Trouble shooting analog circuits gives tips on trouble shooting along with extensive analog quirks in common components. If you didn't know that cermet pots are better, there is a danger in using too many ceramic bypass caps and the capacitance of the human finger nail then you NEED this book. P.S. The other book is the art of electronics by Horowitz and Hill.
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9 of 9 people found the following review helpful
5.0 out of 5 stars Must have for serious engineers... June 30, 2003
A fun read, and an excellent reference filling the huge gap between datasheets and most texts. A must have for anyone who touches hardware. I can't count the number of times I've gone to this book whenever I'm not quite using a device as intended, or I've got a sinking feeling I'm about to shoot myself in the foot with a design. I own *lots* of books and this book is packed with useful info that isn't found in any of them and isn't all that intuitive to start with.
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23 of 29 people found the following review helpful
3.0 out of 5 stars Of some value, but not about troubleshooting July 2, 2006
Troubleshooting Analog Circuits takes a device-centric approach. About half of the chapters focus quite specifically on a type of device, and proceed to tell you a few common ways in which that type of device can fail. The other half of the chapters are quite random and don't seem to fit together very well, although they also contain useful information.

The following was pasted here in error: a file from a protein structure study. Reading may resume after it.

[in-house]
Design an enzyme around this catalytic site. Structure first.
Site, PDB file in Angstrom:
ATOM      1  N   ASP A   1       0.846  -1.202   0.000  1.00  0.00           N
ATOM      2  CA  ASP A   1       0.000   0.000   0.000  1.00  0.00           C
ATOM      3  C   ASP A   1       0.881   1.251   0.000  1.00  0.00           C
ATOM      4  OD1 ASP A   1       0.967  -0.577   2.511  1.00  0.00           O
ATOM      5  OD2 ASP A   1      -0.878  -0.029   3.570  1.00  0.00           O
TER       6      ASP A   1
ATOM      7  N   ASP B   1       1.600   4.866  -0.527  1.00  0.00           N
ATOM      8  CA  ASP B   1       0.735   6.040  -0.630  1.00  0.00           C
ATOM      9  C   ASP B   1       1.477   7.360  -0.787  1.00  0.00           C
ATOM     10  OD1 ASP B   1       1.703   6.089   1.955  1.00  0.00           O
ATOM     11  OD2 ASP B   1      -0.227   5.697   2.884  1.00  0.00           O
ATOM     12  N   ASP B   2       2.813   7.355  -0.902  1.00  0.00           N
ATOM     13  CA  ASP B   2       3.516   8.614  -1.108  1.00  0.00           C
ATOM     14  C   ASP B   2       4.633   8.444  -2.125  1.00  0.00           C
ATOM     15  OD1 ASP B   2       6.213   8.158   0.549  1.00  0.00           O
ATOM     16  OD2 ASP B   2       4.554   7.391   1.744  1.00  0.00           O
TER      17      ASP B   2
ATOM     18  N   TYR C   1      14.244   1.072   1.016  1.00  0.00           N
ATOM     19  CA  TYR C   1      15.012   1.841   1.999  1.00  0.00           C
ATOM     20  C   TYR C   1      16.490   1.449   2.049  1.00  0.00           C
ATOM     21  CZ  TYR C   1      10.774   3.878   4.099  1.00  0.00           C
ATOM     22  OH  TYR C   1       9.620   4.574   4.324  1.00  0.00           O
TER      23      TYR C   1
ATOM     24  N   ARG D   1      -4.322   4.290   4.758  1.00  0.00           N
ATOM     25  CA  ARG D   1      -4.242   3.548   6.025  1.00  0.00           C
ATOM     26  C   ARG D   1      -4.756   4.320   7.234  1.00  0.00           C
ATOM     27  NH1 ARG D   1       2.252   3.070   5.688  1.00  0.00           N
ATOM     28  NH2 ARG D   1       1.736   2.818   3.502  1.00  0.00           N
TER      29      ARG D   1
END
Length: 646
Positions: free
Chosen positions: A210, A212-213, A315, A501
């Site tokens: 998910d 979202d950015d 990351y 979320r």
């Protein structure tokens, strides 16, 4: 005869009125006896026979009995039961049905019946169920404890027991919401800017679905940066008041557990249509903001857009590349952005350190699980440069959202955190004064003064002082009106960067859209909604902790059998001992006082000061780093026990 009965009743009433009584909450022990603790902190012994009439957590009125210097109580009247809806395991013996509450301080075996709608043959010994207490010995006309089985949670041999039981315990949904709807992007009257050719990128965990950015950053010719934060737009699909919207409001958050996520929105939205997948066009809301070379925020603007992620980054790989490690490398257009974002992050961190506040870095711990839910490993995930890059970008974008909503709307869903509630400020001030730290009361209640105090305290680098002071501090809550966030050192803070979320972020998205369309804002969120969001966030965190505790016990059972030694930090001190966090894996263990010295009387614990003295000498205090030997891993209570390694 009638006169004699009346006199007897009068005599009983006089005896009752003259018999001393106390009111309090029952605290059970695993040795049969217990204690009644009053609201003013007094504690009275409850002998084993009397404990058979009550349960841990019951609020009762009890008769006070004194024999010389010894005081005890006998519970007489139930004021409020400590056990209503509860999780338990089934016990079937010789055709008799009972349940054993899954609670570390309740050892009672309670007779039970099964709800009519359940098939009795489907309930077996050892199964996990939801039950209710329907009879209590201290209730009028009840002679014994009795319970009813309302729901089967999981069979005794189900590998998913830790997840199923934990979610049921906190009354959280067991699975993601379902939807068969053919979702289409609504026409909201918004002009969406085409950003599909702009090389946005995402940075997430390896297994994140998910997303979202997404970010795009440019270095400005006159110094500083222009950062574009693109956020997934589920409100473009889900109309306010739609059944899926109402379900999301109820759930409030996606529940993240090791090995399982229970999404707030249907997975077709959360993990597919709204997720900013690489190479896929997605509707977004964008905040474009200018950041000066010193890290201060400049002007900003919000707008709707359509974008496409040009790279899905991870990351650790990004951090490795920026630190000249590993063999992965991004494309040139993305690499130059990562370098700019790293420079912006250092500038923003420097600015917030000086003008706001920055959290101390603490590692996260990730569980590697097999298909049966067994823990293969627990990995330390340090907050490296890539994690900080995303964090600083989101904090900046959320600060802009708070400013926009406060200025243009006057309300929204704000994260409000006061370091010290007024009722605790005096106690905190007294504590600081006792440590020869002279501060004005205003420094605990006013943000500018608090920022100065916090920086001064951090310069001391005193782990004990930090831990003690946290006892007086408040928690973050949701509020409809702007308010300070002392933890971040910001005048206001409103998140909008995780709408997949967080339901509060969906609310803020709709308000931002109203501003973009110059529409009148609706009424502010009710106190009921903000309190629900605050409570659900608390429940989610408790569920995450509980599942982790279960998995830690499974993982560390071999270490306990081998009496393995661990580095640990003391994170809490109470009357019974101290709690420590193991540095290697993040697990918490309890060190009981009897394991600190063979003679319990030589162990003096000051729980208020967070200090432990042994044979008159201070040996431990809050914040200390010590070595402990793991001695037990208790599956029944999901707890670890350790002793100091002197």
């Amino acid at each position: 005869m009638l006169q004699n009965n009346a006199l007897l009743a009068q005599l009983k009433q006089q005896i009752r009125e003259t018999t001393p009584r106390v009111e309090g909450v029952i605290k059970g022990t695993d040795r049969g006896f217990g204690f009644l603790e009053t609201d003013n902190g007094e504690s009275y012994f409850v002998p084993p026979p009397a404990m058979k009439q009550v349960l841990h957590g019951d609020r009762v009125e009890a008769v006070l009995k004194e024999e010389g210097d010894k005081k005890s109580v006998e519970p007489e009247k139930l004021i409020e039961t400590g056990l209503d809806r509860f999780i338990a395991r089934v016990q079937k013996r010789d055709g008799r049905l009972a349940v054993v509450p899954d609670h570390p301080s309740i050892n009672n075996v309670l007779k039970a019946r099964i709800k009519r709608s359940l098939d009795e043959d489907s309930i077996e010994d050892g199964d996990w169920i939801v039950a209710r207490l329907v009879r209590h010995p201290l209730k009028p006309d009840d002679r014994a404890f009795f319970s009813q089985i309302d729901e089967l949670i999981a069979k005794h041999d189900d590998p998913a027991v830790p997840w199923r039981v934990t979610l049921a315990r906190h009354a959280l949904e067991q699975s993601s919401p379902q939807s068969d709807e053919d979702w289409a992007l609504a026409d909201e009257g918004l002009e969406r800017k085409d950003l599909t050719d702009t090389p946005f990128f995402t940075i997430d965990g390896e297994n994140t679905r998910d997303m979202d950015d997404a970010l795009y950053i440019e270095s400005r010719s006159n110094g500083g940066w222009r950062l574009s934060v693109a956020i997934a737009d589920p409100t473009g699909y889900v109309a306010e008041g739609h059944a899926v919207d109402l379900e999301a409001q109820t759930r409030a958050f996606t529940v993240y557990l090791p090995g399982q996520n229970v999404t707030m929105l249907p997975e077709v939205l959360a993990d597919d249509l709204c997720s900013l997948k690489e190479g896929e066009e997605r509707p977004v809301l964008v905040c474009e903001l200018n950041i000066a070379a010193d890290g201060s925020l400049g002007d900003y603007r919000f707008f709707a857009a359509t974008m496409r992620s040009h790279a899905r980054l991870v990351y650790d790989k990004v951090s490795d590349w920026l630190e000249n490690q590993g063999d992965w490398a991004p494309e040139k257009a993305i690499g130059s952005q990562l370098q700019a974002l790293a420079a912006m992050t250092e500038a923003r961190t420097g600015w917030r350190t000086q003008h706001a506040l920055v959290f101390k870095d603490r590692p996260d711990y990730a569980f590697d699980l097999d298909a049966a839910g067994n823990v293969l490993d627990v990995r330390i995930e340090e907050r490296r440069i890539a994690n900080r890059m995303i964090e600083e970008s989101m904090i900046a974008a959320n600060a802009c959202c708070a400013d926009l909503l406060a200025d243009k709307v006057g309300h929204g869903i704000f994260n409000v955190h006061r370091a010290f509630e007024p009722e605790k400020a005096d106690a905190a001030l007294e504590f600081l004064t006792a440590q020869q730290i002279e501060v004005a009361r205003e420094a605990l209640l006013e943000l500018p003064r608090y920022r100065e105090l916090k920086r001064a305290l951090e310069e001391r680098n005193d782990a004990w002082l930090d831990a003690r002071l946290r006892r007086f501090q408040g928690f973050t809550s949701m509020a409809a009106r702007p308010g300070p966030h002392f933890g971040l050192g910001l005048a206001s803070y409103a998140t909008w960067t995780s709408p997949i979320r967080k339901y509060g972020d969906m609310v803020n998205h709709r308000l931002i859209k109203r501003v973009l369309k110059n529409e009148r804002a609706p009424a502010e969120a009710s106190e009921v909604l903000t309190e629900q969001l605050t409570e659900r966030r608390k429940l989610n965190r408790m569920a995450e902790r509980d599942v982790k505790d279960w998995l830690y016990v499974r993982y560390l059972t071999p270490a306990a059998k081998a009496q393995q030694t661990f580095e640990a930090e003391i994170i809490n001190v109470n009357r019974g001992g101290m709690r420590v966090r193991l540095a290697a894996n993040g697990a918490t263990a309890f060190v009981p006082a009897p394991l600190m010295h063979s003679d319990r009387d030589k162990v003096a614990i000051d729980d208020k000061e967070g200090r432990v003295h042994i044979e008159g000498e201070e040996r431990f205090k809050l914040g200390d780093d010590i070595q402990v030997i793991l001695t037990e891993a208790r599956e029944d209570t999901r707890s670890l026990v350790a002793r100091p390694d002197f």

The primary theme in this book could be condensed quite simply: Don't assume anything. A recurring theme in the book is "This type of component is usually pretty reliable, but might sometimes be out of tolerance, so don't assume it's correct." Pease reiterates this same theme for resistors, capacitors, test equipment, circuit configurations, and so on. Virtually everything boils down to "x might not work, so if the system it's in doesn't work, x could be the problem".

This, in turn, means the book boils down to little more than a collection of random observations which normally would remain unpublished in some engineer's notebook, but are just valuable enough to make a published book in this case, because Pease has so many decades of experience that his experience is worth a bit more than the standard spurious observation. Even so, this book is in no way a comprehensive guide on how to troubleshoot anything. It really is a collection of thoughts and tips from Pease; it should be called "Bob Pease's Book Of Tips And Tricks".

Pease is also singularly obsessed in his hatred of SPICE. While he's correct that SPICE can't be relied upon for perfectly accurate simulation of anything, it's funny that he rejects its use so strongly in a book whose overwhelming theme is that *EVERYTHING* is unreliable. The accompanying photo of Pease throwing a computer off a roof is, like the rest of the book, amusing but hardly useful.